Can you just clarify please , in the last 3 weeks , you have added 5 fish , of which two have died ?
Sorry to hear of the deaths , but if you stock slower , you will end them.
A QT tank is a good idea too.
Keep your friends close , but your anemones closer ....
Week 1: Filled tank & added LR. Week 2: Tank had "cycled" although only with dieoff from LR, so added a prawn once every two days. I maintained this until there were no spikes and ammonia was steady at zero, it took about another 2 weeks.
Week 5: Added 3 damsels. Tested readings before adding them, and ~ 4 hours after. One of the three damsels did not look well even before it entered the tank. In the LFS it looked fine, but after travelling home to my house (~50 minute journey) it didn't look good. The other two were fine. The damsel died the next day. I checked water again, amm 0, nitrIte 0, nitrAte 30, salinity 1.026.
Week 6/7: Added a goby and 3 more turbo snails. Goby settled in well, eating anything that floated past, although took him a week to really come out from under his rock at feeding times. I had a turbo snail die. Monitored ammonia/nitrIte afterwards for 3 days - ammonia constant 0, with a tiny spike in nitrite.
Week 8: Added Scooter Blenny. Kept him in a net for a while to ween him on to frozen mysis, but he didn't need it, accepting mysis straight away. Great fish, lots of character and very active. He is fine still (this was about a week ago I added him).
End of last week (Week 9): 2 Banggaii Cardinals added. One was already pretty much dead and the second one only just made the night.
So, 7 fish have been added over 4 - 5 weeks, with 3 of them pass away. The LFS is new with Marines, and I'm just wondering if they are having some problems with their stock, as the fact I'm losing fish has nothing to do with my water quality, I know that for sure. I know that the Banggais were added too quickly without really waiting long enough after the blenny was added, I think that was a mistake on my part, but it didn't kill the fish, they weren't around long enough to have made any impact on the cycle, and I did check the readings again after removing them and all was fine (0).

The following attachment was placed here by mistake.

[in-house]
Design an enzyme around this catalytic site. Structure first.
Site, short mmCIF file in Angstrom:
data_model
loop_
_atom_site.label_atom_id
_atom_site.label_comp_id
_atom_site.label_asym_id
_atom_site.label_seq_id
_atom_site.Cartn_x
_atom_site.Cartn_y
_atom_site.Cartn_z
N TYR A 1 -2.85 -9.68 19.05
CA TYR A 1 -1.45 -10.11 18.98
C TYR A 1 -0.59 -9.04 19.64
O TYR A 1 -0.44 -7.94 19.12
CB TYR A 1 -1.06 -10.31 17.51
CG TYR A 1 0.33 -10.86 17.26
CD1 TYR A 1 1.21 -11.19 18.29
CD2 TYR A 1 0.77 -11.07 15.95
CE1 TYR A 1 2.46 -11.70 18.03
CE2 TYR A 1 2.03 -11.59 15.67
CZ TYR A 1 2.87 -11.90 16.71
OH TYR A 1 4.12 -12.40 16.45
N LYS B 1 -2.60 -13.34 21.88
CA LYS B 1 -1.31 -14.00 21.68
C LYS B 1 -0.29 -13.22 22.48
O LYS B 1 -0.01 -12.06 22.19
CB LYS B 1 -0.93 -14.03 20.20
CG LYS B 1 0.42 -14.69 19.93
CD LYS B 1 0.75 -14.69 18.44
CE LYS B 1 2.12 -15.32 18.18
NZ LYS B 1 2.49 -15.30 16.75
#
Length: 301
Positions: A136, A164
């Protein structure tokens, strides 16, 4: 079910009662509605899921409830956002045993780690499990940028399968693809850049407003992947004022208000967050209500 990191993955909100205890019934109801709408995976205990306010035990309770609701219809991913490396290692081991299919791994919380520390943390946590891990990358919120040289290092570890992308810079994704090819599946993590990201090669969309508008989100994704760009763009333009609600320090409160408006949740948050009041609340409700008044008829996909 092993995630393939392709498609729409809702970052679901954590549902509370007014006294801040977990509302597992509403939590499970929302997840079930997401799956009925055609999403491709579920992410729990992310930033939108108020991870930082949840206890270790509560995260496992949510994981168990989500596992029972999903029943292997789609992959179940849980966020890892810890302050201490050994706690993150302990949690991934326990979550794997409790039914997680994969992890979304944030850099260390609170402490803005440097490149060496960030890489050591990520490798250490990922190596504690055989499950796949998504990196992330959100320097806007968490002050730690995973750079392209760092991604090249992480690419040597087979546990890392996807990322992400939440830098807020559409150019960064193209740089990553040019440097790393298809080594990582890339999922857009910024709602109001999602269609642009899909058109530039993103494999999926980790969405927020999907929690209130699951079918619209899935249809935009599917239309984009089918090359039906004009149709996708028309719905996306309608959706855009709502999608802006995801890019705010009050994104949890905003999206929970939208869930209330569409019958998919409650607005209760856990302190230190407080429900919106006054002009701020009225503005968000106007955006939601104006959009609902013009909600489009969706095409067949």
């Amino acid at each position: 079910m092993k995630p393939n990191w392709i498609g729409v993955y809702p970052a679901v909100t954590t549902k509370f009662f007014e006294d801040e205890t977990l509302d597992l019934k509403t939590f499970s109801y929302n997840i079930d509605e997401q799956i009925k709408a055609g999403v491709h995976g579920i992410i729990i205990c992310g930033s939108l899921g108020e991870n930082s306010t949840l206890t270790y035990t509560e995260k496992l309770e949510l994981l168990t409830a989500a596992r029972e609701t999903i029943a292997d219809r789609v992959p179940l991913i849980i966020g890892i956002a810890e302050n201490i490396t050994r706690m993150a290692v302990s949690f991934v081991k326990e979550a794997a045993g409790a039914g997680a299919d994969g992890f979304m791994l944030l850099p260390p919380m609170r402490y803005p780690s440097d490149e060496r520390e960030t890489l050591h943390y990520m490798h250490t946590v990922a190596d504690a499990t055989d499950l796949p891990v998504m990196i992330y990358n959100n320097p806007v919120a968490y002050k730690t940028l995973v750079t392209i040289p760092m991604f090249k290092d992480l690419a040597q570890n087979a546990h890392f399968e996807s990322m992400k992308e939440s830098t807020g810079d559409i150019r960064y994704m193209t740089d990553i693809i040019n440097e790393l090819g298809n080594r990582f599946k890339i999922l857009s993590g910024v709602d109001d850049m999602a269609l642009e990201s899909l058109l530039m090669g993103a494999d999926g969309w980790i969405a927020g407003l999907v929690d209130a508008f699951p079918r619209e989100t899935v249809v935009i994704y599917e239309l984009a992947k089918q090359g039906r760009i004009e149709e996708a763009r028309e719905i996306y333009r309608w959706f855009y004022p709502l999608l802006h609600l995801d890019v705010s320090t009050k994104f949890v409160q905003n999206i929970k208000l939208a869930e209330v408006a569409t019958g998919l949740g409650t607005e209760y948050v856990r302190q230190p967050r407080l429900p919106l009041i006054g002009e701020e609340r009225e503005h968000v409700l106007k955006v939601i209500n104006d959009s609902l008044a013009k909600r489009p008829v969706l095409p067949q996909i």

Acclimatisation always done over 1.5 hours - 2 hours on the drip method.
I don't know what killed the fish, but I know it was nothing to do with the cycle, although I'd agree I added the last 2 fish too soon.
QT tank is not doable atm, not until I sell the FW tanks, there just isn't space, and I physically and financially can't do it. I knew this before I got the tanks and was prepared to take the risk and deal with any consequences of not quarantining.
I stand by what i said , you are stocking far far too quickly.
The tank cycles with the die off from the LR , you don't need to add anything else , hence why if you get the rock from one tank to the other within a few minutes you can ( if you are lucky ) have an 'instant cycle' because there is no die off.
Acclimatisation time is good.
There is a reason that everyone recommends a fish a month using the berlin method , LR with skimmer , and that is because it works . You cannot rush it , no matter how tempting it is to , and i know that its frustrating because everyone wants a nice well stocked tank to look at , and you will in time , but you have to take it easy or you will have a lot of heartache ( as you are proving ).
It's easy to blame the LFS , importers , this or that , but at the end of the day if there is a clearly identifiable thing you are doing wrong , then 99% it will be this causing your fish deaths.
Remember the old adage that i tell everyone ?
Nothing good happens quickly in a marine tank. Sorry.
Keep your friends close , but your anemones closer ....